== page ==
If George Genovese were trying to assemble the finest team of rodeo cowboys, he would pay closest attention not to the heroes who ride the crazed animals but to the guys assigned to hose the beasts down after the performance.
Genovese, however, is a scout for the San Francisco Giants. And he has made a career out of discovering, nurturing and eventually signing to professional baseball contracts guys who not only didn't star on their high school or junior college teams, but in many cases didn't even start.
Some pro baseball scouts concentrate on drafting and signing polished diamonds, the elite players of amateur baseball. Others look for diamonds in the rough. Genovese goes another step. For 25 years, he has been discovering diamonds that are still in the mine, buried under a thick cover of immaturity and lack of instruction, guys buried deep on their own team's depth chart and who spend so much time sitting on the bench that they have earned endearing nicknames like "Splinter Butt."
Take George Foster. Genovese did. Everyone else looked at the 18-year-old Foster in 1967 and saw this incredibly skinny kid, a reserve at Leuzinger High School in Lawndale who appeared to have last eaten a good meal around the time of the Sputnik launch. Genovese saw a skinny kid who was just learning the basics of baseball, but who could, on occasion, launch a batting practice pitch nearly into Sputnik's orbital path.
With competition from \o7 no\f7 other scouts, Genovese signed him to a contract in 1968, and Foster was in the major leagues two years later. He was traded by the Giants after three seasons, but when he retired two years ago, Foster had hit more than 300 home runs, accumulated more than 1,100 runs batted in.
"Not bad for a skinny kid," said Genovese, 65, who lives in North Hollywood and patrols much of Southern California in search of talent.
"When I saw him for the first time he had an average arm and average speed, but the first time I pitched to him he showed tremendous power, amazing power for such a little guy. And he also had tremendous desire and a real willingness to learn. I never had to prod George Foster. He was always there, always ready. One of the first times I ever talked to him he said to me, 'Mr. Genovese, I'm going to play in the big leagues.' "
Before Foster there was Bobby Bonds, a kid signed by Genovese in 1964 after a high school career in Riverside that drew rave reviews from nobody. Except Genovese. He had organized a team called the Giants Rookies in 1964 for prospective players. The team, which Genovese still oversees, tours Southern California, playing against pickup teams made up of high school and American Legion players. Another Giants' scout, Evo Pusich, brought Bonds to see Genovese after Bonds' junior year in high school and Genovese put him on the team for the summer.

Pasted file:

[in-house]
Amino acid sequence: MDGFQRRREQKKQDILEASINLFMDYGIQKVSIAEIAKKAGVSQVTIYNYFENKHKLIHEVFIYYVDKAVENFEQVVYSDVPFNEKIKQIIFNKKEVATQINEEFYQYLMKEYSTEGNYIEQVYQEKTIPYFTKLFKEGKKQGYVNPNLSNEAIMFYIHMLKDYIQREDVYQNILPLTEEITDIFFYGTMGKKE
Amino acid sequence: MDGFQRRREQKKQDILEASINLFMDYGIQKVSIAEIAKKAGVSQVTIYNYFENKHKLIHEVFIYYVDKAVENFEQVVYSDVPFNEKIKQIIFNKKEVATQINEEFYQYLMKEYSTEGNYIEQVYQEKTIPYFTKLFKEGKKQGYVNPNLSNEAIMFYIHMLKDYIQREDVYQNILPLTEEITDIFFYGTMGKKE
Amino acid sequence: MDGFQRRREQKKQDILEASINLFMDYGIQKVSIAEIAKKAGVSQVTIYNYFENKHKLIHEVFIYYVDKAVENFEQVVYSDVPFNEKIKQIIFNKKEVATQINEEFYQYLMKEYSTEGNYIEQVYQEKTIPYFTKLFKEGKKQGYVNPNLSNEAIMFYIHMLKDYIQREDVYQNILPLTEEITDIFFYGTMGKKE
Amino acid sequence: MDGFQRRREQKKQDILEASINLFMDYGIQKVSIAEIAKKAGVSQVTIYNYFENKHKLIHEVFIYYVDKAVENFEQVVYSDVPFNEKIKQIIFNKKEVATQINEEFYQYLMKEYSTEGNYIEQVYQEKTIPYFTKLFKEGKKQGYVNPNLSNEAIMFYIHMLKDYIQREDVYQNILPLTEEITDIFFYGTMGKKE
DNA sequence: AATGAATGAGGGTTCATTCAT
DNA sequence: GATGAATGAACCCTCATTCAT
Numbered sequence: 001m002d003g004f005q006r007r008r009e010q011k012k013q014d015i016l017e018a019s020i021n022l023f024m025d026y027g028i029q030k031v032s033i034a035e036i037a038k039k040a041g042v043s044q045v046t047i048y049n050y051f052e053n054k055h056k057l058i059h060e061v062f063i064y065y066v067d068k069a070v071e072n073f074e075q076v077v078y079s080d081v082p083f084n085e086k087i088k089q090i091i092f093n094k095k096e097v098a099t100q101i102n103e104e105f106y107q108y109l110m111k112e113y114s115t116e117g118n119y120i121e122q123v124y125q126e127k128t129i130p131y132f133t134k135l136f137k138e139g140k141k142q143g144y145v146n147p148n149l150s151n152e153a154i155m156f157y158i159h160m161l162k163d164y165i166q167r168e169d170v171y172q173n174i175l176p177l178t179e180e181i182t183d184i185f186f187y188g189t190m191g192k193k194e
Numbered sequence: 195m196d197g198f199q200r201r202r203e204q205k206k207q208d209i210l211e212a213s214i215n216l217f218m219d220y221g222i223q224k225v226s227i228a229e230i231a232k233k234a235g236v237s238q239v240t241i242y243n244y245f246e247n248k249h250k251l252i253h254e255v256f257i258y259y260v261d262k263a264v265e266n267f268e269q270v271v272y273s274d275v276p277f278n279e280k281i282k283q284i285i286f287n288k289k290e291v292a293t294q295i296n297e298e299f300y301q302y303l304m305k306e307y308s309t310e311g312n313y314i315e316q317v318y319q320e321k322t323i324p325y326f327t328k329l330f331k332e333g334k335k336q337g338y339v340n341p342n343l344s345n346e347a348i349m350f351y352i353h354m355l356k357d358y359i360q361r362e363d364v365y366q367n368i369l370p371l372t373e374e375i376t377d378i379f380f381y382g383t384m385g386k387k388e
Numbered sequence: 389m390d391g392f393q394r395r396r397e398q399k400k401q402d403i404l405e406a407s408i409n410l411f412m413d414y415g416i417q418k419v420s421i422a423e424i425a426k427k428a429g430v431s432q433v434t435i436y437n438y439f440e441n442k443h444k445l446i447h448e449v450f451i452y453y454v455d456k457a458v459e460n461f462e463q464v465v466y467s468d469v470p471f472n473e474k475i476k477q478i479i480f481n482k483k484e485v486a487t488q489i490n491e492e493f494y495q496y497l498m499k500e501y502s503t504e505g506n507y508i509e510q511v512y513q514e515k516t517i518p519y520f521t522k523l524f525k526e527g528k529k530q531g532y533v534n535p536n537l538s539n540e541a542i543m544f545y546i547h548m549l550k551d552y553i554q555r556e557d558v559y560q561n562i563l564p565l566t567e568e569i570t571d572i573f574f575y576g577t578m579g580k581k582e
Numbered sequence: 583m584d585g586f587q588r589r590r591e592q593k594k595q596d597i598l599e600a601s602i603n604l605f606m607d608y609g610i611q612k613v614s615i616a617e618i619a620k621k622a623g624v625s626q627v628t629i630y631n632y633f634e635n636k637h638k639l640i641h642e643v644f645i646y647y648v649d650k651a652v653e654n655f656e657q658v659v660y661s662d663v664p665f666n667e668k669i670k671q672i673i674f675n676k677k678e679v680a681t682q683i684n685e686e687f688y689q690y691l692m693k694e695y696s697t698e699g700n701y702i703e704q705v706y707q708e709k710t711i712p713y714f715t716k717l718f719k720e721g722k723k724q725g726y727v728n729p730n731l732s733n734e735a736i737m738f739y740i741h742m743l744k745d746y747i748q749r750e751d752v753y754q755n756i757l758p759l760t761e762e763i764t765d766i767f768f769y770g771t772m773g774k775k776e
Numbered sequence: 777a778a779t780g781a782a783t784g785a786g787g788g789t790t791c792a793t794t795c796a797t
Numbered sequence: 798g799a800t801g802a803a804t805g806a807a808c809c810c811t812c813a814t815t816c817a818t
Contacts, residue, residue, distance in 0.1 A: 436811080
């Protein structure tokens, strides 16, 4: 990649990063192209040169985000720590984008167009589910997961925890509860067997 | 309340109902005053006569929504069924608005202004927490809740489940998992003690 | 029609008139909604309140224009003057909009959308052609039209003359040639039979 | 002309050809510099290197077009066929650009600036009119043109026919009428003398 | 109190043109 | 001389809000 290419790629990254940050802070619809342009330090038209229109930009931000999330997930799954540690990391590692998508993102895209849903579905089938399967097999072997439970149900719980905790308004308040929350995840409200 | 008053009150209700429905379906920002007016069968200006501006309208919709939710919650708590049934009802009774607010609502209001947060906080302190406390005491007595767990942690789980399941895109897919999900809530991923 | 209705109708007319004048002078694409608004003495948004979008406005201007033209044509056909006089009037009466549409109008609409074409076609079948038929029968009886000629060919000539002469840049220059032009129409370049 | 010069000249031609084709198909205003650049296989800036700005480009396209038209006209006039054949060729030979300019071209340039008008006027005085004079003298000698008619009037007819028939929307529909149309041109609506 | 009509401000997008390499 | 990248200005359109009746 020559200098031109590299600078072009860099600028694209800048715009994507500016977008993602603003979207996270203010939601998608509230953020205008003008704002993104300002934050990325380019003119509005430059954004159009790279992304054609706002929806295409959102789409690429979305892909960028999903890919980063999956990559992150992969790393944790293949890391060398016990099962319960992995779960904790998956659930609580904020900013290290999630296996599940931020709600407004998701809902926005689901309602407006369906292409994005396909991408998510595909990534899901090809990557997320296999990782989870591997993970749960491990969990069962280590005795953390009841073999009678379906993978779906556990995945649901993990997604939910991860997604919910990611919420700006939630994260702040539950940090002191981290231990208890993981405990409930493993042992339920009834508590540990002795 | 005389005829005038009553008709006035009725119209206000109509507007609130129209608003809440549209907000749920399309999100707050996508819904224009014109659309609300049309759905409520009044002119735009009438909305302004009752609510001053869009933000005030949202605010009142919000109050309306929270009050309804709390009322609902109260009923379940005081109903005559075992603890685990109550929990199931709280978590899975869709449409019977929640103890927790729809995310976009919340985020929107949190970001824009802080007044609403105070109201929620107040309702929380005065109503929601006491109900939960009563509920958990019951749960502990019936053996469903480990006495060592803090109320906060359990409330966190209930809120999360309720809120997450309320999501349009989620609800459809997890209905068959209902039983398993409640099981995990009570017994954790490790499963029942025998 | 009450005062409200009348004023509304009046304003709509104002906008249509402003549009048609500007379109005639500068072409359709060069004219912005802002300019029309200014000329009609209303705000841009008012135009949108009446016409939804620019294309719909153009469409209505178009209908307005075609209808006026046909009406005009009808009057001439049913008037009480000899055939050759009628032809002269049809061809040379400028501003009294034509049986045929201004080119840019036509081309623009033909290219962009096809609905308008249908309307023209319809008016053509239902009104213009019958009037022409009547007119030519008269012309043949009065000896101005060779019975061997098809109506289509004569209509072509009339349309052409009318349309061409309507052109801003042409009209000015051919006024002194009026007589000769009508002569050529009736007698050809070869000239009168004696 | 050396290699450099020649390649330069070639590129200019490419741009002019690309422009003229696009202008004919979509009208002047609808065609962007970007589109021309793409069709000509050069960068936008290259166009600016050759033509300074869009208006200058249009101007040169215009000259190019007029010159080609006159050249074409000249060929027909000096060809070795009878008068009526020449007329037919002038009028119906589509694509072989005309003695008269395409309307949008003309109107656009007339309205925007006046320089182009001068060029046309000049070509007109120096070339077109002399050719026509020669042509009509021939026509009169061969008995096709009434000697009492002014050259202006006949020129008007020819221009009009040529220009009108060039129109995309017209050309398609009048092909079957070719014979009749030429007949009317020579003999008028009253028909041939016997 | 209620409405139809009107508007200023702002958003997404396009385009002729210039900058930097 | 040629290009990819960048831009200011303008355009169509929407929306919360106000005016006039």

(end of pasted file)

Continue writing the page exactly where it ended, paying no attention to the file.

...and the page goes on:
"After a few games I told Evo, 'When this kid graduates, sign him.' But he had a terrible senior year. Just terrible, and all interest in him died," Genovese said.
The Giants turned Bonds down, despite Genovese's pleadings. After he arranged another tryout for Bonds and the Giants again rejected him, Genovese called scouting director Jack Schwartz.
"I told Jack that I would lose sleep over not signing this guy," Genovese said. "I mean I would have really lost sleep. I thought he was that good."
The Giants gave in, signing Bonds to a contract and shipping him off to an instructional league. In his 10-year major league career, Bonds hit 332 homers, drove in 1,024 runs and stole 462 bases.
"In hindsight, we all would have lost more than a little sleep if we hadn't signed Bobby Bonds," Genovese said.
There were others.
In 1968, the same year he signed Foster, Genovese secured Gary Matthews out of San Fernando High School, where he was a pitcher. And not a very good one. But while other scouts saw a pitcher who couldn't pitch, Genovese saw a pitcher who could hit the ball out of sight and wondered why he wasn't a regular player.
He became one in the minor leagues and turned in a thumping major league career. In 13 years with the Giants, Atlanta, Philadelphia, the Chicago Cubs and the New York Yankees, Matthews hit 197 homers, drove in 869 runs and had a career batting average of .286.
"I didn't think he could pitch," Genovese said. "Nobody thought he could pitch. But this guy really turned me on at the plate. I thought to myself, 'This guy doesn't \o7 have\f7 to pitch, now does he?' "
The same year he signed Matthews and Foster, he also signed Garry Maddox, a scrawny kid from San Pedro High School who played second base and occasionally the outfield and impressed only his parents with his talent. Until Genovese saw him.
"I saw tremendous speed," Genovese said. "He would run down absolutely everything hit anywhere near him in the outfield. And the next game he'd be back at second base."